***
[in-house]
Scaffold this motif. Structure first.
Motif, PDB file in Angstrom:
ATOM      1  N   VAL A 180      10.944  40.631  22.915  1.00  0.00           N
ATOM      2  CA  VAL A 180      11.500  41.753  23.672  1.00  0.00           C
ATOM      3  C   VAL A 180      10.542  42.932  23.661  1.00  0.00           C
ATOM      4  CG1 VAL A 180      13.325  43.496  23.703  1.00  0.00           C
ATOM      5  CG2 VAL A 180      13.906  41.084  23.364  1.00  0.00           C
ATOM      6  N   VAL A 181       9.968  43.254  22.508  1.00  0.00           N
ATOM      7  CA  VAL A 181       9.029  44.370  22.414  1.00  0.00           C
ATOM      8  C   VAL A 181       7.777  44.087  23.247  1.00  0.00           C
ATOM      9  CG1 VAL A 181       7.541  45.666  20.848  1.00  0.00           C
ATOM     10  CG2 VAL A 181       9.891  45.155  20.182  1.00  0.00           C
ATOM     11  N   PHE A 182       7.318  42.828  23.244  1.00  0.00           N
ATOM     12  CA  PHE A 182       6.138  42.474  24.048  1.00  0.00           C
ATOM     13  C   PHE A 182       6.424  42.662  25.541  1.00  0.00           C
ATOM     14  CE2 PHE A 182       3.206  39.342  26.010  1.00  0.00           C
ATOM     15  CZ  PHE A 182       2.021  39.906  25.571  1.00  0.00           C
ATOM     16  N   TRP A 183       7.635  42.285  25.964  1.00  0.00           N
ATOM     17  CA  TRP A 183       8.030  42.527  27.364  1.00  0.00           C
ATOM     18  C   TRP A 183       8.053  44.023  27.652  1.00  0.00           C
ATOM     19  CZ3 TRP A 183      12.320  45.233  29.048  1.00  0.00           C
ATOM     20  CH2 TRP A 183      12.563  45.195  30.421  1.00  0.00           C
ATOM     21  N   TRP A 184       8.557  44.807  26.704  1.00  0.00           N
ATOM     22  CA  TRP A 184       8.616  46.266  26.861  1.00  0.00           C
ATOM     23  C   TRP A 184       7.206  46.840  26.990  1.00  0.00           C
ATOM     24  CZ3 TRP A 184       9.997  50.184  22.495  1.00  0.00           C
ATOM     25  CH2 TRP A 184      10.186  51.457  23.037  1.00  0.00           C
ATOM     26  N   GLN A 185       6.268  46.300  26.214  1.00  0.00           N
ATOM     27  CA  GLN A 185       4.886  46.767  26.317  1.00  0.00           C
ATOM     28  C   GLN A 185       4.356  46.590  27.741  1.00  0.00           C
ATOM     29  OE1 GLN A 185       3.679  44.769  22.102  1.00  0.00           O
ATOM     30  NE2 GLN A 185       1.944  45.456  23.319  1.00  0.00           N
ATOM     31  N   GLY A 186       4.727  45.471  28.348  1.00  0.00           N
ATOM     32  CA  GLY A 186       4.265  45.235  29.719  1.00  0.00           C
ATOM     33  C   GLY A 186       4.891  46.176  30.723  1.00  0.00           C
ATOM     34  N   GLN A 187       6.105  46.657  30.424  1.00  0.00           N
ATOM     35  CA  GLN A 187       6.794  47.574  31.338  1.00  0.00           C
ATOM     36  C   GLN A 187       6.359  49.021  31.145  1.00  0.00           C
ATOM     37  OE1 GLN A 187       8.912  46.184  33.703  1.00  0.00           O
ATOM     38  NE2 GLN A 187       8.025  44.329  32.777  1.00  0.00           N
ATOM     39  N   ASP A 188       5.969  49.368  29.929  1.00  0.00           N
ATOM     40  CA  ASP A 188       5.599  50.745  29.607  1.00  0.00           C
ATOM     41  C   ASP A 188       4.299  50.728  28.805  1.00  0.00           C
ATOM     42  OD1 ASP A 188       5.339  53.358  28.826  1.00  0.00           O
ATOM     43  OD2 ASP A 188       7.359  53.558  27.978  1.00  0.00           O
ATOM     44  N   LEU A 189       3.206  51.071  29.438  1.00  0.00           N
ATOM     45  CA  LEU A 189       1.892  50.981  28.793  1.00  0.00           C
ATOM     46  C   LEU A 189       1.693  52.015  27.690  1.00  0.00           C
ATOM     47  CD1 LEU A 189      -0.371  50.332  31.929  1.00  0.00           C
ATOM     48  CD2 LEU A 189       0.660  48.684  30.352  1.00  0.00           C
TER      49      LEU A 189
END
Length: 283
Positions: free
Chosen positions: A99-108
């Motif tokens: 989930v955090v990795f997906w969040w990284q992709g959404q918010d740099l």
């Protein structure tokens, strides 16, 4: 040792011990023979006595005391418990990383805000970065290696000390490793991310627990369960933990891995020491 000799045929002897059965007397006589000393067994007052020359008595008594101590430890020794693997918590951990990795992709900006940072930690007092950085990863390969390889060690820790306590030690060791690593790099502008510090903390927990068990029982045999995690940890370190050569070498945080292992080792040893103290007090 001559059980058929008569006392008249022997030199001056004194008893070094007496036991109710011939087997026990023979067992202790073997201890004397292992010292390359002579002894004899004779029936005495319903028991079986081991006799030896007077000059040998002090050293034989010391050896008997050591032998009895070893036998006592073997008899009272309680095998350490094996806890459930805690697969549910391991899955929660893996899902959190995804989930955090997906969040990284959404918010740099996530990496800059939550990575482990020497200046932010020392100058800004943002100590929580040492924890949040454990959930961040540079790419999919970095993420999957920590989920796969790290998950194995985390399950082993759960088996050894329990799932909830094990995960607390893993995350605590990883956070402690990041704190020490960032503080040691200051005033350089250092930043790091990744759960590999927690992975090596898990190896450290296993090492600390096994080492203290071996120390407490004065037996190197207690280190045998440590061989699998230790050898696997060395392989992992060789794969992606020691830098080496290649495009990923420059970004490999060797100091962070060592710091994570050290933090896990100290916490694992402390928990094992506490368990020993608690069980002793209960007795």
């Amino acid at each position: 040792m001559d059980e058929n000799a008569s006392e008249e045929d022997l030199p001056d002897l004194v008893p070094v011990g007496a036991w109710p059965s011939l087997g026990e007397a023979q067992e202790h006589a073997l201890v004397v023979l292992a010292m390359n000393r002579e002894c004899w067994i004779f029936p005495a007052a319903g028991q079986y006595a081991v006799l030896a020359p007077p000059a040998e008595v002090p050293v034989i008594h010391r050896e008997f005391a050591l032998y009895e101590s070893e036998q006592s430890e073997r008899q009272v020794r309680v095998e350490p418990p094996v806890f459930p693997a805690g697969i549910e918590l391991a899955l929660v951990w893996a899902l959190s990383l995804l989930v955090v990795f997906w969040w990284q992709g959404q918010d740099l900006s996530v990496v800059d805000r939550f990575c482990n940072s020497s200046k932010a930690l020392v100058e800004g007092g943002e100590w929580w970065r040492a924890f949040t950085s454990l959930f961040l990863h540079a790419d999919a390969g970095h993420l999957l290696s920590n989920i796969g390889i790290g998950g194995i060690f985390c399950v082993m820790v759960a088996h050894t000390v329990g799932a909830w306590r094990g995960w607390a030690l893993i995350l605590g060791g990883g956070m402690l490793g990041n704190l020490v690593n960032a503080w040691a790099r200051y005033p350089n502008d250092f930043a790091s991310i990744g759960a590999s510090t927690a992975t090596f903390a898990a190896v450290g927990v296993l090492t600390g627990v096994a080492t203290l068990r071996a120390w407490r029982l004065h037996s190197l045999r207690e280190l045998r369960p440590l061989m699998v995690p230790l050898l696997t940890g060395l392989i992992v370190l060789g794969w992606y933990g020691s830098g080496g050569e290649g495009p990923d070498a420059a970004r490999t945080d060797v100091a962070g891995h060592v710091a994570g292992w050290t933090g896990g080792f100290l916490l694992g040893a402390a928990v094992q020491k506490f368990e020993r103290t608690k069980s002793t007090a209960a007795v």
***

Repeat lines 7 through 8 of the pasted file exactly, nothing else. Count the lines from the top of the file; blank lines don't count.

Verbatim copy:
ATOM      4  CG1 VAL A 180      13.325  43.496  23.703  1.00  0.00           C
ATOM      5  CG2 VAL A 180      13.906  41.084  23.364  1.00  0.00           C